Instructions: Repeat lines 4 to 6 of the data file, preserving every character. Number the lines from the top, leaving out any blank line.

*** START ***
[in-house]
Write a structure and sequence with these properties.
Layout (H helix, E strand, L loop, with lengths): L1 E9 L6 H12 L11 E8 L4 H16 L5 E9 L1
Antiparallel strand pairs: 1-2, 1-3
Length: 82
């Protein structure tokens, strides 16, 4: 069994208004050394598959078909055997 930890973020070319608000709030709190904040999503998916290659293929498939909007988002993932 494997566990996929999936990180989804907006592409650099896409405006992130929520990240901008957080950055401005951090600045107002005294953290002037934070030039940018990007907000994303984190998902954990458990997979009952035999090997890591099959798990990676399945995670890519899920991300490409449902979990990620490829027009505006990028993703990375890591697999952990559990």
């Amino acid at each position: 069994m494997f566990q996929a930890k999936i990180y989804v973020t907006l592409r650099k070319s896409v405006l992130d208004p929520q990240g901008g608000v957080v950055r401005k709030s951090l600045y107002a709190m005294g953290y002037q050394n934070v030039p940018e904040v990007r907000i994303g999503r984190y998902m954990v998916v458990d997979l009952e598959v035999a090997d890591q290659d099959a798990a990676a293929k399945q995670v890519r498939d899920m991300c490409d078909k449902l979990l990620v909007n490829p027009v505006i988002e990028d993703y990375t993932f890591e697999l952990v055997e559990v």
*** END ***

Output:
Antiparallel strand pairs: 1-2, 1-3
Length: 82
């Protein structure tokens, strides 16, 4: 069994208004050394598959078909055997 930890973020070319608000709030709190904040999503998916290659293929498939909007988002993932 494997566990996929999936990180989804907006592409650099896409405006992130929520990240901008957080950055401005951090600045107002005294953290002037934070030039940018990007907000994303984190998902954990458990997979009952035999090997890591099959798990990676399945995670890519899920991300490409449902979990990620490829027009505006990028993703990375890591697999952990559990």